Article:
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Elizabeth I acceded to the throne in 1558, restoring the Protestant faith to England. At the heart of the new queen's court lay Elizabeth's bedchamber, closely guarded by the favoured women who helped her dress, looked after her jewels and shared her bed. Elizabeth's private life was of public, political concern. Her bedfellows were witnesses to the face and body beneath the make-up and elaborate clothes, as well as to rumoured illicit dalliances with such figures as Robert Dudley. Their presence was for security as well as propriety, as the kingdom was haunted by fears of assassination plots and other Catholic subterfuge. For such was the significance of the queen's body: it represented the very state itself. This riveting, revealing history of the politics of intimacy uncovers the feminized world of the Elizabethan court. Between the scandal and intrigue the women who attended the queen were the guardians of the truth about her health, chastity and fertility. Their stories offer extraordinary insight into the daily life of the Elizabethans, the fragility of royal favour and the price of disloyalty.



Bloodland

Bloodland Author Dennis McAuliffe
ISBN-10 1571780831
Release 1994
Pages 341
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Journalist Dennis McAuliffe, Jr. opens old family wounds and ultimately exposes a widespread murder conspiracy and shameful episode in American history.



Moving Histories of Class and Community

Moving Histories of Class and Community Author B. Rogaly
ISBN-10 9780230319196
Release 2016-01-05
Pages 243
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A major new study of white working class Britain since 1930, that shows how meanings of poverty have changed over time and how individuals reject categorization by the state. This book challenges accepted wisdom on the white working class, providing new understandings of community, place and class, arguing for the importance of migration.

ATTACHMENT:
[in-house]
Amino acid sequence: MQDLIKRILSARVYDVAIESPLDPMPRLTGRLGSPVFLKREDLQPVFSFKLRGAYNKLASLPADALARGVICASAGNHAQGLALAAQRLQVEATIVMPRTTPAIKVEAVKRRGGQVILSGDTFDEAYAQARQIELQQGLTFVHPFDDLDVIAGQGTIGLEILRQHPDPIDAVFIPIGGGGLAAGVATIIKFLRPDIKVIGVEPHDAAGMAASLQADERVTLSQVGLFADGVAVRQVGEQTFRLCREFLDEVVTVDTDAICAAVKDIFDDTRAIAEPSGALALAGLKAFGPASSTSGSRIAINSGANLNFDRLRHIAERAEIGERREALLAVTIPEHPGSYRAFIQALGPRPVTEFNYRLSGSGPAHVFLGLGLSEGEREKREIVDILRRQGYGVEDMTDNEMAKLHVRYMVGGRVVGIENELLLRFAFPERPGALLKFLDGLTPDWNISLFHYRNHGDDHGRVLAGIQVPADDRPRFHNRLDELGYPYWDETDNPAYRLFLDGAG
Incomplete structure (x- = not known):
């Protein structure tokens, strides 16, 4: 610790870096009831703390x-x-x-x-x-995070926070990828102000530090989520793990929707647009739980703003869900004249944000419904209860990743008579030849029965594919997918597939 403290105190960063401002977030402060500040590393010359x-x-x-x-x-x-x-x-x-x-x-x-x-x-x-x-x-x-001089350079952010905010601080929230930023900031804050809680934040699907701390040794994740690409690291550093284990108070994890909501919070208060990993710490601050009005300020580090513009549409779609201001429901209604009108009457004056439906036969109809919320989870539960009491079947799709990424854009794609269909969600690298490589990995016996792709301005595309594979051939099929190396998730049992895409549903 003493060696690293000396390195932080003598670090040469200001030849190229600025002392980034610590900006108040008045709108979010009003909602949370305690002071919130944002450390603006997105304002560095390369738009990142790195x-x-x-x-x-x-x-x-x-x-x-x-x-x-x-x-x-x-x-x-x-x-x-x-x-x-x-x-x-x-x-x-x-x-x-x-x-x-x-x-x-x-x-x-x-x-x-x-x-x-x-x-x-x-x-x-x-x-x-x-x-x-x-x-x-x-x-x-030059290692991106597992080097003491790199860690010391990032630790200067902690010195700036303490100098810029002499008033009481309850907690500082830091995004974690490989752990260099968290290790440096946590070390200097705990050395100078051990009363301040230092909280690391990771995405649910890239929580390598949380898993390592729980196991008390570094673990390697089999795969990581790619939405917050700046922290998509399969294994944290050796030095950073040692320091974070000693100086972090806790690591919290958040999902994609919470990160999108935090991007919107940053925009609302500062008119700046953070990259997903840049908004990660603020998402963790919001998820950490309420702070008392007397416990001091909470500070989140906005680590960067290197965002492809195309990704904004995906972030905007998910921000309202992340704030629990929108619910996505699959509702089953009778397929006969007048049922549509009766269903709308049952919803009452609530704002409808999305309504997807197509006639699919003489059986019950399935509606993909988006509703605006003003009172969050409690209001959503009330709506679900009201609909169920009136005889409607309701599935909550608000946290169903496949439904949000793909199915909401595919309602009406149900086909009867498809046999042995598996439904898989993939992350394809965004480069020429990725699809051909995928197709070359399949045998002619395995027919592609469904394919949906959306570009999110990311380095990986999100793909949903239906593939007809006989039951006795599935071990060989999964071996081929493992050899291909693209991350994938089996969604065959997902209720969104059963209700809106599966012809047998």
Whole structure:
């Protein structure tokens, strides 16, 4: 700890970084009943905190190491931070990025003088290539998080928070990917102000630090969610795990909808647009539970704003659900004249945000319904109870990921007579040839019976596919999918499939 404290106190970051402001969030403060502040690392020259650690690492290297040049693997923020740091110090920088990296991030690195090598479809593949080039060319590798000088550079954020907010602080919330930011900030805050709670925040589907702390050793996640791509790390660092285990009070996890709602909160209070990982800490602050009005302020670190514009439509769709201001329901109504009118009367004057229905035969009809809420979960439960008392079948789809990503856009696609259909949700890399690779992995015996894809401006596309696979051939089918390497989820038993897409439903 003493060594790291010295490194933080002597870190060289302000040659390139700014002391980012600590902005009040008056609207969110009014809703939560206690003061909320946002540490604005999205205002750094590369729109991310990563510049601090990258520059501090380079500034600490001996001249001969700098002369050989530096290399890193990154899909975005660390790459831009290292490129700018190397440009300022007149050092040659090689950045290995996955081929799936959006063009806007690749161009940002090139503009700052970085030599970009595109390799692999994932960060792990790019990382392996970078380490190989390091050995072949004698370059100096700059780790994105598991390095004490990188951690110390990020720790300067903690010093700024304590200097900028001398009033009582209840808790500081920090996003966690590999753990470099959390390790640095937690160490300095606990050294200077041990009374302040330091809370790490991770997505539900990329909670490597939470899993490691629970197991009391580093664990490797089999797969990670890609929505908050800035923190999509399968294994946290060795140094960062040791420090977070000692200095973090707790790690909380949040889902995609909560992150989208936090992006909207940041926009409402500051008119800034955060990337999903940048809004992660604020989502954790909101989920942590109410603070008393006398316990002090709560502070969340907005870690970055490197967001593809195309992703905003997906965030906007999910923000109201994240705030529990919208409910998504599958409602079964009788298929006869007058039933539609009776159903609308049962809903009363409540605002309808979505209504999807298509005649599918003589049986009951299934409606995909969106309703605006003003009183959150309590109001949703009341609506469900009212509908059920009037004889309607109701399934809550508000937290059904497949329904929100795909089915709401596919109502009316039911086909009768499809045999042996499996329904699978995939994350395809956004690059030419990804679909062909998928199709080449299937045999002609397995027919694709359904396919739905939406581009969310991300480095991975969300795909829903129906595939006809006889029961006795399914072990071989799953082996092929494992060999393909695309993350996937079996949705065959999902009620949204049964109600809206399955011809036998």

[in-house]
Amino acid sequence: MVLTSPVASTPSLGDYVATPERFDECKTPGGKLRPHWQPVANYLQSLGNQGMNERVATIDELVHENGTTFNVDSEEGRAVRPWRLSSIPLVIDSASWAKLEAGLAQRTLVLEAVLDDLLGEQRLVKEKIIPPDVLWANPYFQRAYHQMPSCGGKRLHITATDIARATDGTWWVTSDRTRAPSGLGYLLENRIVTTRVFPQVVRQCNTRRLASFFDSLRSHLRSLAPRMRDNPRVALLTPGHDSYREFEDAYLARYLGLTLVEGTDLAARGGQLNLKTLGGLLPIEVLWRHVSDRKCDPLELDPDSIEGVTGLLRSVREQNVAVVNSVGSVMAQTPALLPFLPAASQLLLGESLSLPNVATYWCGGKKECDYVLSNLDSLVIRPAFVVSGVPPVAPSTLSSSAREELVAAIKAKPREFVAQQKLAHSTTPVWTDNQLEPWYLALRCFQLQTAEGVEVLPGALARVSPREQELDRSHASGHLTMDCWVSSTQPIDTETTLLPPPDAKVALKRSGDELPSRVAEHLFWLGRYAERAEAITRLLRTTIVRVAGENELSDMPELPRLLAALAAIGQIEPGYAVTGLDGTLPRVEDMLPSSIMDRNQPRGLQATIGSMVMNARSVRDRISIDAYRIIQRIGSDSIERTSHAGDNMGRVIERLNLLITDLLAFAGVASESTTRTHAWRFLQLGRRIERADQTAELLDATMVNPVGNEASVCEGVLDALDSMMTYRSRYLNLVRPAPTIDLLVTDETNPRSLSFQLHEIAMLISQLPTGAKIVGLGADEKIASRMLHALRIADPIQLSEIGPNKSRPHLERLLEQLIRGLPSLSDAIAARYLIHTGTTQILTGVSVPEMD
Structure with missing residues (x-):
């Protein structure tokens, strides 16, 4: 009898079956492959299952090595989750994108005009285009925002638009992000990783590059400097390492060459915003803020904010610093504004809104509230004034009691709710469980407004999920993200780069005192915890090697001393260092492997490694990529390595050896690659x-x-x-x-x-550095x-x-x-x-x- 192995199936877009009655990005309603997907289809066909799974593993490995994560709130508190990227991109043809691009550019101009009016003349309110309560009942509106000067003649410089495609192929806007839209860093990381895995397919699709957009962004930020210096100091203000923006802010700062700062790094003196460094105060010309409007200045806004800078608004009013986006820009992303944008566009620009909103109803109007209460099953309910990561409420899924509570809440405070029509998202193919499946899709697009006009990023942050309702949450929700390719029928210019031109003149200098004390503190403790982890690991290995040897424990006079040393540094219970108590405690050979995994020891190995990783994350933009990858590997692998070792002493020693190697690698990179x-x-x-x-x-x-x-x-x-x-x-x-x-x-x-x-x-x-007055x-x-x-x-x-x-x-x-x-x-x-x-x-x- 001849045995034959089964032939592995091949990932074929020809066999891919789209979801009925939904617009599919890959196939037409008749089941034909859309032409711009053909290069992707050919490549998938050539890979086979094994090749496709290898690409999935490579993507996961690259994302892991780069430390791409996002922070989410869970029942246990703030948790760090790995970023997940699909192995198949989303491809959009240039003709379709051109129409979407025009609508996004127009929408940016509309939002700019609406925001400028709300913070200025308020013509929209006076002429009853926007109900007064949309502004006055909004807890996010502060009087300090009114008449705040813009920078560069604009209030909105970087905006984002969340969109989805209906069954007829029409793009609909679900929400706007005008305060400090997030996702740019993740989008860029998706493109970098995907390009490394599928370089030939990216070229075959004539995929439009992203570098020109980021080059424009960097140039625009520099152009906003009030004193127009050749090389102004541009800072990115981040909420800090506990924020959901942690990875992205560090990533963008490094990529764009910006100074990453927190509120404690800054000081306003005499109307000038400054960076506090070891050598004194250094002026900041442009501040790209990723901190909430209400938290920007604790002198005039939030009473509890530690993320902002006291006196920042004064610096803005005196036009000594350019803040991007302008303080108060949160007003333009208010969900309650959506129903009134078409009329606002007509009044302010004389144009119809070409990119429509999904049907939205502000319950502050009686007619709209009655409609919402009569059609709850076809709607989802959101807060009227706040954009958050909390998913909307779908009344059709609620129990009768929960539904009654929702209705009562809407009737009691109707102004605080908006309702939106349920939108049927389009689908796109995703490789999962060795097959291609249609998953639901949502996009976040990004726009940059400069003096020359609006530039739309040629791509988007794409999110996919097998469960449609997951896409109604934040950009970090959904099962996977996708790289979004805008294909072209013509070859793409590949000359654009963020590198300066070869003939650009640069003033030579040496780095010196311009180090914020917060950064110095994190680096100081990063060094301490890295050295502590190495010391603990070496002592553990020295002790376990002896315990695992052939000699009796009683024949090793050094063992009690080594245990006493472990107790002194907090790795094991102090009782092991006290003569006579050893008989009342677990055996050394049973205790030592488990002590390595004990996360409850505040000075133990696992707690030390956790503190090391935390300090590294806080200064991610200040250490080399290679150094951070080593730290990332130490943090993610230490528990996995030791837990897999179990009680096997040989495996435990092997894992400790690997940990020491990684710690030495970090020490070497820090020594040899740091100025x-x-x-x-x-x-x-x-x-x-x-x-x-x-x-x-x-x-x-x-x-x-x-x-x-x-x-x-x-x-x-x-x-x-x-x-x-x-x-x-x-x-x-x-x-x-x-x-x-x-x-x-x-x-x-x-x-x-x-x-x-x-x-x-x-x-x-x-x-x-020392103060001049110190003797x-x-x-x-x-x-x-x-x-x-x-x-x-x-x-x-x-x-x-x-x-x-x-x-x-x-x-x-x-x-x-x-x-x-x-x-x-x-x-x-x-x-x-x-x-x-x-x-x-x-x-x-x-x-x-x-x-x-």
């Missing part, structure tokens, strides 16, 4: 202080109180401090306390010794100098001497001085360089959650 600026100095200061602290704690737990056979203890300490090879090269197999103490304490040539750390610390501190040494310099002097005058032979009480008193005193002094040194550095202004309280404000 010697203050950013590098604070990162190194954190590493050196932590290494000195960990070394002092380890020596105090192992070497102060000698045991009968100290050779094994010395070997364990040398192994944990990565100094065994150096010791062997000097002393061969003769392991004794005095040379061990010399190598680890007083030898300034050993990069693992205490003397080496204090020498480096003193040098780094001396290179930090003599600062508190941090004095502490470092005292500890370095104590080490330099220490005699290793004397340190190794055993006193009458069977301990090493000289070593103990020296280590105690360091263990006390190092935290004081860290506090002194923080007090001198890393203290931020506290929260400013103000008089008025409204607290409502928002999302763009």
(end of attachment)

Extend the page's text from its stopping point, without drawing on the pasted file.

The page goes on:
The Intimate Economies of Bangkok

The Intimate Economies of Bangkok Author Ara Wilson
ISBN-10 0520937430
Release 2004-07-19
Pages 288
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Bangkok has been at the frontier of capitalism's drive into the global south for three decades. Rapid development has profoundly altered public and private life in Thailand. In her provocative study of contemporary commerce in Bangkok, Ara Wilson captures the intimate effects of the global economy in this vibrant city. The Intimate Economies of Bangkok is a multifaceted portrait of the intertwining of identities, relationships, and economics during Bangkok's boom years. Using innovative case studies of women's and men's participation in a range of modern markets—department stores, go-go bars, a popular downtown mall, a telecommunications company, and the direct sales corporations Amway and Avon—Wilson chronicles the powerful expansion of capitalist exchange into further reaches of Thai society. She shows how global economies have interacted with local systems to create new kinds of lifestyles, ranging from "tomboys" to corporate tycoons to sex workers. Combining feminist theory with classic anthropological understandings of exchange, this historically grounded ethnography maps the reverberations of gender, sexuality, and ethnicity at the hub of Bangkok's modern economy.